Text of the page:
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Housing : March 2009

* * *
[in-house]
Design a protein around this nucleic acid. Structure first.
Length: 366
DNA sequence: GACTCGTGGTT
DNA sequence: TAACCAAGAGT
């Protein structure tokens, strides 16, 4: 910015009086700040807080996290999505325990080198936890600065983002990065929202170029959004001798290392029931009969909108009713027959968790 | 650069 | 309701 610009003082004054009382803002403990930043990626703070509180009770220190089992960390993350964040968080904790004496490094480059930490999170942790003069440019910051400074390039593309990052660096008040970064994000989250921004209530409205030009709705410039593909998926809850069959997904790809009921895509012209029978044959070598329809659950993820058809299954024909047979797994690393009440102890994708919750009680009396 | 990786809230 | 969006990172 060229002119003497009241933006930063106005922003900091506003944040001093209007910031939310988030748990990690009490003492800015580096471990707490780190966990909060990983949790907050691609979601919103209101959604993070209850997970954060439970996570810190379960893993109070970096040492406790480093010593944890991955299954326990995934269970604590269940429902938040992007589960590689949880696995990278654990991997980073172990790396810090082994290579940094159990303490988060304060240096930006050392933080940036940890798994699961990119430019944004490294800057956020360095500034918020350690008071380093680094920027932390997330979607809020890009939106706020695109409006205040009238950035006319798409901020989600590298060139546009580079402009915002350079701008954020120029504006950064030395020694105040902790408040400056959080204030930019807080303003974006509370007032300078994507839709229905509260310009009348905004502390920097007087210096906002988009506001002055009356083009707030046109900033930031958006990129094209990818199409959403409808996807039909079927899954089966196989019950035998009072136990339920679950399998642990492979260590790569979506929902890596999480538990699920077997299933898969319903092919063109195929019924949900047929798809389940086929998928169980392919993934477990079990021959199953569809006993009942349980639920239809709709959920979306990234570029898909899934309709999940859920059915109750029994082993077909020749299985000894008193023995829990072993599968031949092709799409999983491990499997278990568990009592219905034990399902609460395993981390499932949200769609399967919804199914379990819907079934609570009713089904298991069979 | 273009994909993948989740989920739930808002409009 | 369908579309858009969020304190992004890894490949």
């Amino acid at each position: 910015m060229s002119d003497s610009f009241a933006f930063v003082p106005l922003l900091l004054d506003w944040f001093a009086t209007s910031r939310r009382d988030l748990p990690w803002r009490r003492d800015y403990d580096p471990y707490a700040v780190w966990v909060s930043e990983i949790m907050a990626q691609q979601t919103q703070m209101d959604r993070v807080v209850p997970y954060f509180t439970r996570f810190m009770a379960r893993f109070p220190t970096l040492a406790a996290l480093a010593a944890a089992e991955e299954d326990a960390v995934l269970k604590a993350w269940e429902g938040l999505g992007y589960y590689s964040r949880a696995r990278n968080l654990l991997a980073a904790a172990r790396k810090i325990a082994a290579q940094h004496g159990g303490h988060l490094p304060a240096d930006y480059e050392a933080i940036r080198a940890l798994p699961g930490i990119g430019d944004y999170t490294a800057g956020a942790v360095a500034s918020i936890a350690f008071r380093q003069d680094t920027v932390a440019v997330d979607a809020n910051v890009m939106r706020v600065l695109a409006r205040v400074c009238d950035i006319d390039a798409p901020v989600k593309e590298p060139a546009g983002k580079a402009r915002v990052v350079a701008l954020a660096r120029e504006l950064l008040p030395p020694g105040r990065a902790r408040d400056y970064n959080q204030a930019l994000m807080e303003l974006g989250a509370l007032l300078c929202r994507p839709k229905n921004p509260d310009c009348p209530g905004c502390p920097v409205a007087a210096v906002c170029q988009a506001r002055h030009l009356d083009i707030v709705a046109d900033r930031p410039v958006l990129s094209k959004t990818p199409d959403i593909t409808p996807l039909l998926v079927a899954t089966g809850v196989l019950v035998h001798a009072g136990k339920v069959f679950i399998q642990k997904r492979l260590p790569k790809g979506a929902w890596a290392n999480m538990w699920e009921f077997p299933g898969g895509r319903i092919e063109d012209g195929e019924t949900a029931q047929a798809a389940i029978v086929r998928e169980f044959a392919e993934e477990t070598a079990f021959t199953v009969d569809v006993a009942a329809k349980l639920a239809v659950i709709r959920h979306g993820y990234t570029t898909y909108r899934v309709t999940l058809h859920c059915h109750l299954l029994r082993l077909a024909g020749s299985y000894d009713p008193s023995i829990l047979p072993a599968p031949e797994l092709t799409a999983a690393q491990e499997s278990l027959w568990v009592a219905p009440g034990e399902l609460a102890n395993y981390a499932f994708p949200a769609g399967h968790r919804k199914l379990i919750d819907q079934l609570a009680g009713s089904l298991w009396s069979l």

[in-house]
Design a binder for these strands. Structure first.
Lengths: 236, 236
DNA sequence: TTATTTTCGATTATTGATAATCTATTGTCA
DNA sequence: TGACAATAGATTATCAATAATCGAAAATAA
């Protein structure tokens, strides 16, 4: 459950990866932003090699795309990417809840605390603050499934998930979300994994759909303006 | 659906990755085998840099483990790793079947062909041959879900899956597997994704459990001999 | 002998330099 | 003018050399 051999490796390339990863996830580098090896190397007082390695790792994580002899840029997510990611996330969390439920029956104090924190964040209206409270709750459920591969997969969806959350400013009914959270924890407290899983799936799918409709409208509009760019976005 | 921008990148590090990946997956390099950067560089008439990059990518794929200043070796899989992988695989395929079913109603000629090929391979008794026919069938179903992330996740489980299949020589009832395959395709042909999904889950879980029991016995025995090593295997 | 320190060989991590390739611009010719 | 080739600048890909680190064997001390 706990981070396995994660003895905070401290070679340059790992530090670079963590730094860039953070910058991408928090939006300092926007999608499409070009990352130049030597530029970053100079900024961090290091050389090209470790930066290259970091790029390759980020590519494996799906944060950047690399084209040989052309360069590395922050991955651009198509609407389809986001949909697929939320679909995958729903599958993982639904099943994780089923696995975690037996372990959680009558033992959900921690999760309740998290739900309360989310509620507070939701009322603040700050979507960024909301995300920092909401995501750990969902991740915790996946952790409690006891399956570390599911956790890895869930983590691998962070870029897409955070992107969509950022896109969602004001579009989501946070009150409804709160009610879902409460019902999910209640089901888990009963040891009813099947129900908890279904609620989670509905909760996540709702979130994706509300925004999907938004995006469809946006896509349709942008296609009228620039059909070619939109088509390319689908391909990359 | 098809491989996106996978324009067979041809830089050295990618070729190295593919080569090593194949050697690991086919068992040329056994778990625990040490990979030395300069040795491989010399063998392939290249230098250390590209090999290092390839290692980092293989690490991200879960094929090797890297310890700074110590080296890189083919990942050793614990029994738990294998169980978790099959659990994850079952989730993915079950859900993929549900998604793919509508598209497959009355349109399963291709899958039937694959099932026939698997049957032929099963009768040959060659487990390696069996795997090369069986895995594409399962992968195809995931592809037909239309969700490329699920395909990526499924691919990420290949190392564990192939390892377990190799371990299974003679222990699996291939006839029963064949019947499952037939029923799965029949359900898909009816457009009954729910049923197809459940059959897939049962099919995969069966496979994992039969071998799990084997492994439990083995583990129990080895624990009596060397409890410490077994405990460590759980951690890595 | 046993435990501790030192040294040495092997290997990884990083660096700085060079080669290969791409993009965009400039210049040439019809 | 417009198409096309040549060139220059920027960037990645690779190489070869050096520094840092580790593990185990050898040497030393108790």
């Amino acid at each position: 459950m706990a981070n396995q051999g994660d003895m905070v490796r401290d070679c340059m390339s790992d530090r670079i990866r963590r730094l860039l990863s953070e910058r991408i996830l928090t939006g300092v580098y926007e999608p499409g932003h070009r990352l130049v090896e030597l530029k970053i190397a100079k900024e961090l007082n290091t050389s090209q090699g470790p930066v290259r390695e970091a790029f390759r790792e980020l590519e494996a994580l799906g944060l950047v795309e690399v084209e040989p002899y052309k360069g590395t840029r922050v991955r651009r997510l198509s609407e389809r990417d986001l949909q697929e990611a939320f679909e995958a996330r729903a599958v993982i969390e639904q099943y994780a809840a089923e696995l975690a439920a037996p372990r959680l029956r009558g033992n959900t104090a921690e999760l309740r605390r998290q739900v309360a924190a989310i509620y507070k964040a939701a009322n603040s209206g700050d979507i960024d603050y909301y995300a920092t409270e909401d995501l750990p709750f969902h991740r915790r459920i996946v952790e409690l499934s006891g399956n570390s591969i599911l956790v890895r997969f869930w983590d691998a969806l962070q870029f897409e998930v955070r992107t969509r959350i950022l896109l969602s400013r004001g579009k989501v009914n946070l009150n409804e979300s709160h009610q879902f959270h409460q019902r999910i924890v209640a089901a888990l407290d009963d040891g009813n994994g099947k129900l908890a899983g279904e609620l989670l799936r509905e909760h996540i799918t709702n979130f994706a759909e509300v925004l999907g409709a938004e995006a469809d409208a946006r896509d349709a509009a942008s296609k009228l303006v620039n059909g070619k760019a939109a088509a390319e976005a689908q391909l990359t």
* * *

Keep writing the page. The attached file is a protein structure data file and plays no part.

Roofing Feature raising the roof Innovations in roofing mean greater possibilities in construction, safety and design aspects throughout the house. P rogression in the building and construction industry in the twenty-first century requires us to look at old methods and improve on them. In striving to work faster, more safely, more cheaply and in a more sustainable manner there is a continual focus on building methods, products and materials and how they can be advanced. Constant advancements in roofing technologies have meant that a roof is now easier and quicker to construct or install with increased structural integrity and design possibilities. Construction Tubular metal scaffolding was introduced to Australia in 1937. Since then, the strengthened safety regulations and the need for greater efficiency on site have seen a range of improvements made to the system. Once requiring a team of skilled tradespeople to assemble, welded frames were developed to clip or slot scaffolding together to reduce the time spent erecting it on site. The reduction in the complexity of the system and in construction time resulted in a reduction in labour costs and required less skill in assembly. Bear in mind that a scaffolder’s ticket is still required to undertake scaffolding work above a specified height in all jurisdictions, e.g. four metres in most instances. Today, scaffolding systems can be easily transportable, versatile and quick to construct. The Frame Scaffold System from Molecular Scaffolding is one such system, and provides scaffolding solutions for all trades on site. By setting up the scaffold deck initially for installing the fascia/gutter system, it can then be readily used to install the roofing. The fall protection height can easily be extended to two metres above the deck with mesh guards or hand rails to ensure the safety of roof installers. The main deck can be easily altered for other trades and the convenient ‘clamp on, hop up’ brackets can be set up at any height. Molecular Scaffolding’s Frame Scaffold System has been designed to improve safety, productivity and profitability, and it is even available in a trailer pack. Once perhaps unthinkable, the trailer packs can be assembled by two men in two hours, cutting labour time in half, and disassembled to fit easily back into the trailer for storage and transport. Above: Today’s scaffolding systems are versatile and quick to construct. Left: Bristile’s Prestige range of roof tiles reflect the trends of modern Australia. Photo courtesy Bristile HOUSING MARCH 2009 77 Photo courtesy Molecular Scaffold